It is to be feared that many split upon this rock. We cautioned you against those who professedly build on other foundations than Jesus Christ; but these are not the only self-deceivers. There is a more refined sort, as to their professed principles, who build their hope on something more specious in appearance, but not a whit better in reality. These, brethren, you have more reason to be guarded against, since they are more frequent in your assemblies, and some of them less discernible, though not less dangerous than the former. These will frequently abound with supercilious treatment towards those who profess to build upon their own works—will abundantly exclaim against legal books and legal preaching ; which, by the way, is the name they give, not only to those performances wherein men are taught to expect eternal life as the fruit of their own doings, but as well to all those wherein practical godliness is pressed home. These much value themselves for their supposed orthodoxy, or soundness in the doctrine of grace ; nay, so valiant are they, many of them, for the TRUTH, that they will contend for it even at the tavern or upon the ale bench ! but they seem to have forgotten that part of sound doctrine, that faith without works is dead, being alone. * These talk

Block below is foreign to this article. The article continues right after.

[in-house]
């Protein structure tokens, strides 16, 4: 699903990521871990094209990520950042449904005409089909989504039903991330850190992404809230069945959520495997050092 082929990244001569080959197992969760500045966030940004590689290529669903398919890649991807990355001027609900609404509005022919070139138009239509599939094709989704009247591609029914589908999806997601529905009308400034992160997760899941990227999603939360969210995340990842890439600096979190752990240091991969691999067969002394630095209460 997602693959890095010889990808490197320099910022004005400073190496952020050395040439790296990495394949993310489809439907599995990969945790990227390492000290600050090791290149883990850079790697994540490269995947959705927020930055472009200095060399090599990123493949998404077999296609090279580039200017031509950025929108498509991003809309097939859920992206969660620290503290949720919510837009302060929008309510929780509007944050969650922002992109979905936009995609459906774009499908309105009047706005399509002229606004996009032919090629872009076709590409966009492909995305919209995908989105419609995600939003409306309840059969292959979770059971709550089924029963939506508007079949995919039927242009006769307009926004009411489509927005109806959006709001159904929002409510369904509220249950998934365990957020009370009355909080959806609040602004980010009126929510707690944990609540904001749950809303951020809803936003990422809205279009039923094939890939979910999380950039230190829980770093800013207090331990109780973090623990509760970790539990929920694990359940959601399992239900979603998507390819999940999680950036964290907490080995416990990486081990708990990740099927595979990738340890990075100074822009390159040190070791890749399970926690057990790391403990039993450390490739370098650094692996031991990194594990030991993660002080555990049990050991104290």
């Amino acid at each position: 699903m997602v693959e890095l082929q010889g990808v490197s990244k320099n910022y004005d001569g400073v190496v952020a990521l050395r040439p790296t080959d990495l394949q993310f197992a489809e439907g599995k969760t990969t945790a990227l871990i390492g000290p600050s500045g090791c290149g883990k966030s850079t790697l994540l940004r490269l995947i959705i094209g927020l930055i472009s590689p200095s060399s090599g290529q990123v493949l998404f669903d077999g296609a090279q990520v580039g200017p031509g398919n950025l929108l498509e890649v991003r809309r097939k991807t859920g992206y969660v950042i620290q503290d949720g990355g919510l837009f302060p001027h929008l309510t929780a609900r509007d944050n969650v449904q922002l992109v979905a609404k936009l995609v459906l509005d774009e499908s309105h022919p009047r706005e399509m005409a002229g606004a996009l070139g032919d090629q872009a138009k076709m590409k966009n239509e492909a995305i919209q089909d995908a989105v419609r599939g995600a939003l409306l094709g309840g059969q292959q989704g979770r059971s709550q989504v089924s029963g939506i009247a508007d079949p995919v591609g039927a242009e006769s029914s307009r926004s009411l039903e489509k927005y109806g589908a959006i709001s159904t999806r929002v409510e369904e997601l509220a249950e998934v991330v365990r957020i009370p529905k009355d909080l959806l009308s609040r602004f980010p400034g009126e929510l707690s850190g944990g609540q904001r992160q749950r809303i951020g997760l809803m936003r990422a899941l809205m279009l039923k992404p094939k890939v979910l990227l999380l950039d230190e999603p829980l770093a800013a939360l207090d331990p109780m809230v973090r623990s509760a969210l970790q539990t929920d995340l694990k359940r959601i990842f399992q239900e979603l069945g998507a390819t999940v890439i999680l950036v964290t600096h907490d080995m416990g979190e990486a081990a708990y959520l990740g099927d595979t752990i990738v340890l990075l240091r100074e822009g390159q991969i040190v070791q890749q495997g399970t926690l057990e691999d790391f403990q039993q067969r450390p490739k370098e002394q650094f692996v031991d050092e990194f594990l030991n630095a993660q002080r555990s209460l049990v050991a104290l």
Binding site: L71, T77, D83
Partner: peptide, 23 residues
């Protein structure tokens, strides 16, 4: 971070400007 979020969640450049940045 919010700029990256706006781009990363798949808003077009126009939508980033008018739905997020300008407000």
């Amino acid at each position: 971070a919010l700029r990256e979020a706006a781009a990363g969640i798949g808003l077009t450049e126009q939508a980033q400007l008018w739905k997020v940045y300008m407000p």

* Besides, it would be no great difficulty to prove that these people, withe all their boasted soundness, are unbelievers in the very essentials of the